The alternative to America’s religious pluralism `is war’

Learn more about Margot Habiby.
Margot Habiby
Deputy Director, Communications
George W. Bush Institute
Conversation Three: Protecting Religious Liberties - Rushan Abbas, Founder and Executive Director, Campaign for Uyghurs; David French, Opinion Columnist, The New York Times; Jonathan Greenblatt, CEO and National Director, ADL; Chris Walsh, Director, Global Policy, George W. Bush Institute (Moderator). April 18, 2024. Photos by Grant Miller Photography for the George W. Bush Presidential Center.

One of the best ways that Americans can strengthen our democracy is by renewing their commitment to religious pluralism and tolerance, according to a discussion on religious liberties at the George W. Bush Presidential Center. 

That means being able to practice what one believes without retaliation from government but also without infringing on the rights of others, according to the panel at the Bush Center’s annual Forum on Leadership. Yet there’s a disturbing trend around the world to curtail or take away religious freedom. At the same time, ADL figures show cases of antisemitism in this country dangerously skyrocketed 140% in 2023 from 2022 after reaching record highs in three of the previous four years.   

“It’s pluralism or war when it comes to religious differences,” said David French, The New York Times opinion columnist who identifies as an evangelical Christian. “History has taught us this over millennia. That when you’re dealing with a conflict between peoples who have very deep profound beliefs with eternal implications, that any attempt to dominate – of one religious people group – to dominate and suppress another religious people group, leads to war. It leads to some of the most vicious conflicts we have seen in world history.” 

French spoke alongside Jonathan Greenblatt, CEO and National Director of the ADL, and Rushan Abbas, Founder and Executive Director of the Campaign for Uyghurs, a mostly Muslim ethnic group being persecuted by China.  

“We’re in a particularly tricky moment,” he said. “Antisemitism is symptomatic of a kind of antiliberalism – of a sickness in the society. And so what I worry about, and I think all Americans need to worry about, is a society that accepts antisemitism and the scapegoating and slander that goes with it; it’s a sign of an unraveling.”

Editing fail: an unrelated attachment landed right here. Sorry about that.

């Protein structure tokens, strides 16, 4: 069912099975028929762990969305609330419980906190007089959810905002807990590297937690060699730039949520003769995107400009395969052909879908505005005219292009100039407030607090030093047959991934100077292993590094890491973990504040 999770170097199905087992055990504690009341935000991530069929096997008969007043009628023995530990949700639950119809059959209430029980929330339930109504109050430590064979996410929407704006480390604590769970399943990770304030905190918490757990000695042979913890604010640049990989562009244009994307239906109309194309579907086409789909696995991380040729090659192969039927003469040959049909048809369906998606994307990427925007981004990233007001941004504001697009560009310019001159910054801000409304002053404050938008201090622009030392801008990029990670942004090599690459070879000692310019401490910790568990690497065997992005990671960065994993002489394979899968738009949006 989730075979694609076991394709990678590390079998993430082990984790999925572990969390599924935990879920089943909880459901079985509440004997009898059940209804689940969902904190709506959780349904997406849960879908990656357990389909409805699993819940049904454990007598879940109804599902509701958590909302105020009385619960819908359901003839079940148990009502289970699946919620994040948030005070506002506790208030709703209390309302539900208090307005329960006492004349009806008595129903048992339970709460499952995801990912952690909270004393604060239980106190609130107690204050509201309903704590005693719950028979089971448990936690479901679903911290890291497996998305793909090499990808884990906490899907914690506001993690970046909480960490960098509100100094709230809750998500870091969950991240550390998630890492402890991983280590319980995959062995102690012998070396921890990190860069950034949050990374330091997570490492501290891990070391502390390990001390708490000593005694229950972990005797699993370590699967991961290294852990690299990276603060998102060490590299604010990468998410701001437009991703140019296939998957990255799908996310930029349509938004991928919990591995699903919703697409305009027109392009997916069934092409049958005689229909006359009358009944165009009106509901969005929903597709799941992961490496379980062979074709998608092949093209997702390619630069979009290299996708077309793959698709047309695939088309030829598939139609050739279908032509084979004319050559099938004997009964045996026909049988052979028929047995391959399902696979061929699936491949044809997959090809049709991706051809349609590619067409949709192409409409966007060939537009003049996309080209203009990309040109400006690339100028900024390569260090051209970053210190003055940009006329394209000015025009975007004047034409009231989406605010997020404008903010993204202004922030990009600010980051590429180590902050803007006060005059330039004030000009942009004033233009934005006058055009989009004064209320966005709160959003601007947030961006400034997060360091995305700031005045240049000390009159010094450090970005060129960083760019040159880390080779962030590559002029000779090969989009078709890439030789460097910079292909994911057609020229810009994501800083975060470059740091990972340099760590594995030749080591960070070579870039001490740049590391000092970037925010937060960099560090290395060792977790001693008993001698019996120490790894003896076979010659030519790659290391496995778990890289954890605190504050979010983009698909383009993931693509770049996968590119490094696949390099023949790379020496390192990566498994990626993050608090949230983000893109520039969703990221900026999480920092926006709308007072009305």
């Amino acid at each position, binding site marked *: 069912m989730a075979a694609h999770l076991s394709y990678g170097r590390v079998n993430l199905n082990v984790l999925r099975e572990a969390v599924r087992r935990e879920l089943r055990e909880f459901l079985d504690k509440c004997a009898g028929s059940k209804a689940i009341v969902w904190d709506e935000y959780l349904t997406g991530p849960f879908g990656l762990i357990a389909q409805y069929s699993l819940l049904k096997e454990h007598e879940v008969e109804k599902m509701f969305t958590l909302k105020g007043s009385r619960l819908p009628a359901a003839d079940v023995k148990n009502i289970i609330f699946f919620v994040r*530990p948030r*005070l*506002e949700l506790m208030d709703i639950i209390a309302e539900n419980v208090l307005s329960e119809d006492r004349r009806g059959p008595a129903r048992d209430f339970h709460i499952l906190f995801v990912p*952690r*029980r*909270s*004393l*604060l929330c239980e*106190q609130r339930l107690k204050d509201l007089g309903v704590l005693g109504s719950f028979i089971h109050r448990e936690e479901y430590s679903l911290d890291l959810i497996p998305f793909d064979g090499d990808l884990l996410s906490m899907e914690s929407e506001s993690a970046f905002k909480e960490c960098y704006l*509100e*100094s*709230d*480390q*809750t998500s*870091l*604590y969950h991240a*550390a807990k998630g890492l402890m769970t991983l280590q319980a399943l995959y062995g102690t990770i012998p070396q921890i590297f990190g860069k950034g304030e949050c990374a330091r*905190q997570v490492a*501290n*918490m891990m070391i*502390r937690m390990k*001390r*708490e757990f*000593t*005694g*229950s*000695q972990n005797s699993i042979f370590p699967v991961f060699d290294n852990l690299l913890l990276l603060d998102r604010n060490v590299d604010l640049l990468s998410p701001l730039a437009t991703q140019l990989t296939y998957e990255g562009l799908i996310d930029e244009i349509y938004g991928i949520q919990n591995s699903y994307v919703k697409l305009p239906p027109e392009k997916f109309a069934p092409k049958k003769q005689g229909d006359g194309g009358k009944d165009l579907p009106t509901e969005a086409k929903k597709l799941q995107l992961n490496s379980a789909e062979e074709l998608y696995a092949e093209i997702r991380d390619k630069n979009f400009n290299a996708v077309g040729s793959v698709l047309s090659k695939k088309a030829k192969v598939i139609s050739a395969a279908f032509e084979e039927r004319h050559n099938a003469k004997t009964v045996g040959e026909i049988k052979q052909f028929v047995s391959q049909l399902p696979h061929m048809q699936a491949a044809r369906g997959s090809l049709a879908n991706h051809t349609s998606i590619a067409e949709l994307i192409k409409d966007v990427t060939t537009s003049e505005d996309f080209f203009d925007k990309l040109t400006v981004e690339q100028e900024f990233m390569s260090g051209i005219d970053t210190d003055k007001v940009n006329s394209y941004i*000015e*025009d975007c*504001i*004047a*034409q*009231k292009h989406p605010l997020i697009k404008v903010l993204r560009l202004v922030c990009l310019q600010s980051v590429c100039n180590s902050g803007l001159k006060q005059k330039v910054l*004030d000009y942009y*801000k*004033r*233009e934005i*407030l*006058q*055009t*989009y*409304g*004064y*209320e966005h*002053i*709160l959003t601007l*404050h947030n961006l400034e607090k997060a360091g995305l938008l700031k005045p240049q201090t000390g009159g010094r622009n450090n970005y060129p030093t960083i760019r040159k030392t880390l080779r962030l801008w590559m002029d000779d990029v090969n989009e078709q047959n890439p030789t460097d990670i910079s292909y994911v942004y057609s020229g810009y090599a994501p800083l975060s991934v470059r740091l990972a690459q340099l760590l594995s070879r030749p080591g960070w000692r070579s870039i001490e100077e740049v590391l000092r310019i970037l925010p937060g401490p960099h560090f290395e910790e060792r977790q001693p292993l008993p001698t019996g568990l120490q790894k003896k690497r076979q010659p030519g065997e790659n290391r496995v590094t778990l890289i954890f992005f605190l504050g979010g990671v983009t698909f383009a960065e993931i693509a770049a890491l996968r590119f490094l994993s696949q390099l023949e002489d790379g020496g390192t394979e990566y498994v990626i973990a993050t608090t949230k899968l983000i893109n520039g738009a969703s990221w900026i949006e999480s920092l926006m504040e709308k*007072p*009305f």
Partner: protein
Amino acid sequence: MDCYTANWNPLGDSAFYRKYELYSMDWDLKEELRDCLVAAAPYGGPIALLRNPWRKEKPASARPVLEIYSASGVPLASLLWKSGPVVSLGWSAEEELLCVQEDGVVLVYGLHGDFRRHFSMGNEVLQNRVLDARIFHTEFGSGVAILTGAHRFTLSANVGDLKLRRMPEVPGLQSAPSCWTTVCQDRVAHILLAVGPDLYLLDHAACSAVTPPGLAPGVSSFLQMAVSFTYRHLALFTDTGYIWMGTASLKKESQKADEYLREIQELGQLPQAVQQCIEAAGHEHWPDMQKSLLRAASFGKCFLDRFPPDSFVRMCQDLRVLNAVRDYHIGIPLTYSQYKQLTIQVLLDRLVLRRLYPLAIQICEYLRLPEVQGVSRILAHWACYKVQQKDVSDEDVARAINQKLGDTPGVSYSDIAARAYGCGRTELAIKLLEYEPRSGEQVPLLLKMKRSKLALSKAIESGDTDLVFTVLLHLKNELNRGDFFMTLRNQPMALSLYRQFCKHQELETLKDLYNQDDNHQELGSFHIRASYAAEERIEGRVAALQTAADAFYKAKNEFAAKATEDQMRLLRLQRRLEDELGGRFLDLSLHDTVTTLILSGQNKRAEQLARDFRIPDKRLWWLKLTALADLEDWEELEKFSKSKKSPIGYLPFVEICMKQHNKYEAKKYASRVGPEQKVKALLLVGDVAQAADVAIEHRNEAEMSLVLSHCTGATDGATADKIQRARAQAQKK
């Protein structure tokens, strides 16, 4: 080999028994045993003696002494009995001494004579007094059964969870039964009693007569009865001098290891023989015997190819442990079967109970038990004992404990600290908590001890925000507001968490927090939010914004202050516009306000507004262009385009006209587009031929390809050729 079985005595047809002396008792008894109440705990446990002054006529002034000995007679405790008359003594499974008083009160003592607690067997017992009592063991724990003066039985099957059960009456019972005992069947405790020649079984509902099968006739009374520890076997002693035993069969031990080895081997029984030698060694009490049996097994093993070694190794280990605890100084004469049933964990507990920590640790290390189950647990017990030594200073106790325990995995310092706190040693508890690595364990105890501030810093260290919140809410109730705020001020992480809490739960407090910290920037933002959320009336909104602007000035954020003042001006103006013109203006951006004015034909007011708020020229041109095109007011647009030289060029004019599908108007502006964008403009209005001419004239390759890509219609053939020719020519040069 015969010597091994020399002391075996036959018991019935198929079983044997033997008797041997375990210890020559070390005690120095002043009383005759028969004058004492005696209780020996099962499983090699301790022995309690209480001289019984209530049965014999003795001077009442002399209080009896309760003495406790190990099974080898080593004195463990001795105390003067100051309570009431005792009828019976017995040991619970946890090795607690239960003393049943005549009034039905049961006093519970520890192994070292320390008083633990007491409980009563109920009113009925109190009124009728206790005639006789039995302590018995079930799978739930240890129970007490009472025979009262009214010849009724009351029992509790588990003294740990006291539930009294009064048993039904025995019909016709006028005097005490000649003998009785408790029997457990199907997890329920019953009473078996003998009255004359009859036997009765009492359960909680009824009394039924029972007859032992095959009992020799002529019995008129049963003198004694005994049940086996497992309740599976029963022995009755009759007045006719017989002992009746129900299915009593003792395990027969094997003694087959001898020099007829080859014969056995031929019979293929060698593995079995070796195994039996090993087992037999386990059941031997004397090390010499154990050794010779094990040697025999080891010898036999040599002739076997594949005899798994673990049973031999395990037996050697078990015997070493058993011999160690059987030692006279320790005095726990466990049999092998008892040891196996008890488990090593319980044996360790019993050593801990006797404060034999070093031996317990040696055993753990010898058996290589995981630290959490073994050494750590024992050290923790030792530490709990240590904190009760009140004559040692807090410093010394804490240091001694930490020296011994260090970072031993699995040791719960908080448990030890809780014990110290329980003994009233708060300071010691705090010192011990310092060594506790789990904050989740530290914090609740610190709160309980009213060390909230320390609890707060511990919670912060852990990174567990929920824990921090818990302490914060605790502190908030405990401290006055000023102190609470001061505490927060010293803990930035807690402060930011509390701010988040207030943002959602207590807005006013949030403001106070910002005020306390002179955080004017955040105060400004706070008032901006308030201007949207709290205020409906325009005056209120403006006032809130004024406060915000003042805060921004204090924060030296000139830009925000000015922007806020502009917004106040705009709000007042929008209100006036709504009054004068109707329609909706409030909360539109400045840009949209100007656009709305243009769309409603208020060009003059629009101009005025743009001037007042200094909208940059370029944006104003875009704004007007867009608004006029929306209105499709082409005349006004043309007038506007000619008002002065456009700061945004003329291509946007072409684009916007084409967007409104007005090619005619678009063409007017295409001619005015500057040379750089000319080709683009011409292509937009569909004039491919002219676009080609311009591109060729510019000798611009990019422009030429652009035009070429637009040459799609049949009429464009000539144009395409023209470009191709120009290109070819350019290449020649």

At the same time, religion is being weaponized all over the world. 

Russia’s Vladimir Putin is promoting a brand of Christian nationalism under the Russian Orthodox Church that involves “domination” – something some American Christians are also “flirting” with, French said. 

Greenblatt cited the “cynical” use of religion by Iran, which allies with Communist China despite the enslavement of the Uyghur people; with Syria despite the Muslim deaths during the Syrian civil war; and Sudan, as it’s on the verge of total famine. “The only country they have a problem with is Israel,” he said.  

In China’s northwest Xinjiang region, where the Uyghur population is centered, over 1 million people have disappeared into detention centers, millions of women are facing forced sterilizations and abortions, and almost 1 million children have been taken away from their families and sent to state-owned institutions, Abbas said. Surveillance equipment tracks people in their daily lives and “makes them slaves inside their homes.” 

Transnational repression, when authoritarians and other bad actors target their critics in third countries, is also being used. Abbas said after she brought attention to the plight of the Uyghurs in a speech at Hudson University in 2018, China detained her sister.   

“Basically, my freedom of speech cost her her freedom,” she said. “Today I am here talking to you at the cost of my sister’s freedom, at the cost of her life, maybe.” 

Abbas is an American citizen now who sought freedom and democracy in this country but now sees them at risk in the United States, as well. 

Earlier in the Forum on Leadership program, Vishal Amin, a retired Marine who currently serves as General Manager of Defense Security Solutions at Microsoft, spoke about how he and his family were targeted and threatened by the Islamic State group here in the United States. He now focuses on protecting data that can also put people at risk from authoritarians and zealots. 

In a separate panel, Pashtana Durrani, Founder and Executive Director of LEARN Afghanistan, the country’s first-ever digital school network, also spoke about the abuse of religious authority by the Taliban. They are systemically reducing women “to their reproductive system” by bombing and closing schools and imposing restrictions on women’s daily lives, she said. While she was forced into exile by the Taliban takeover in 2021, her program continues to educate and empower girls in basements and other secret locations. 

Greenblatt said that Americans take for granted “just how special, just how powerful” our country’s ideal of religious freedom is. “It’s unique in human history, and it’s deeply, deeply impressive.” 

French said he frequently speaks to audiences increasingly skeptical of American-style religious pluralism and tells them that “if you think that in a continent-sized, multiethnic, multifaith democracy that you can fight and win and impose your religious moral view on the rest of this country, that is fantasy thinking. It’s been tried.  

“Here’s what works,” he said. “It’s the religious pluralism that you take for granted.”